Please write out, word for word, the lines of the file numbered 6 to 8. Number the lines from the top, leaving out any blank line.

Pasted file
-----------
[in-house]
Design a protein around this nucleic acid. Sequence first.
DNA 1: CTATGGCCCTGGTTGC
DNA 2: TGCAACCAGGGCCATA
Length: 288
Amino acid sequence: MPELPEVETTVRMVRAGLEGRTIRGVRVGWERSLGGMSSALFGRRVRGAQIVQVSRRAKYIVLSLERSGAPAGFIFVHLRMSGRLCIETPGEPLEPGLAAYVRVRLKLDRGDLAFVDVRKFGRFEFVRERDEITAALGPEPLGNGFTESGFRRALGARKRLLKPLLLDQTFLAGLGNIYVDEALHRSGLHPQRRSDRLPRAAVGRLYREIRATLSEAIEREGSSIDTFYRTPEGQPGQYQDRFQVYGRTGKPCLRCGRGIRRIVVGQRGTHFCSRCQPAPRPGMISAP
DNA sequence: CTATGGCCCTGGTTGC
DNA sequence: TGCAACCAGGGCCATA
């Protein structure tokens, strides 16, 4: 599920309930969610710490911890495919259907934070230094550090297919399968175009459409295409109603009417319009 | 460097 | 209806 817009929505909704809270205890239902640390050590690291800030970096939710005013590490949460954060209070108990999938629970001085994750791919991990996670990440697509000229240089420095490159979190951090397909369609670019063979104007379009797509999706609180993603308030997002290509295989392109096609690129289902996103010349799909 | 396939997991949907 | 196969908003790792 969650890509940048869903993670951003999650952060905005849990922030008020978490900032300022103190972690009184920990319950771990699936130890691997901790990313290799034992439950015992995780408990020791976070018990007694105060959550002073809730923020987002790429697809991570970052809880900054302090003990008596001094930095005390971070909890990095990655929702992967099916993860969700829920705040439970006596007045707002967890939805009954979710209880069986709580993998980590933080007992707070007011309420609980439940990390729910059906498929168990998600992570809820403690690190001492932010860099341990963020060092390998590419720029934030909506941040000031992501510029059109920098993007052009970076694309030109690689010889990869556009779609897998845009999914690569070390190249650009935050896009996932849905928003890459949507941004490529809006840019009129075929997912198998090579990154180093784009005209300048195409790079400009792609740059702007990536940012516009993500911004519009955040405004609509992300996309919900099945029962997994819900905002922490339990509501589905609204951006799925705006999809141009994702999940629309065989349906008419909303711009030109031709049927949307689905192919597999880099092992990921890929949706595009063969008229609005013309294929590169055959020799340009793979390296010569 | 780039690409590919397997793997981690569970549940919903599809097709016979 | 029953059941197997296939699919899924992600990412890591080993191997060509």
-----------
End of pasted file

Amino acid sequence: MPELPEVETTVRMVRAGLEGRTIRGVRVGWERSLGGMSSALFGRRVRGAQIVQVSRRAKYIVLSLERSGAPAGFIFVHLRMSGRLCIETPGEPLEPGLAAYVRVRLKLDRGDLAFVDVRKFGRFEFVRERDEITAALGPEPLGNGFTESGFRRALGARKRLLKPLLLDQTFLAGLGNIYVDEALHRSGLHPQRRSDRLPRAAVGRLYREIRATLSEAIEREGSSIDTFYRTPEGQPGQYQDRFQVYGRTGKPCLRCGRGIRRIVVGQRGTHFCSRCQPAPRPGMISAP
DNA sequence: CTATGGCCCTGGTTGC
DNA sequence: TGCAACCAGGGCCATA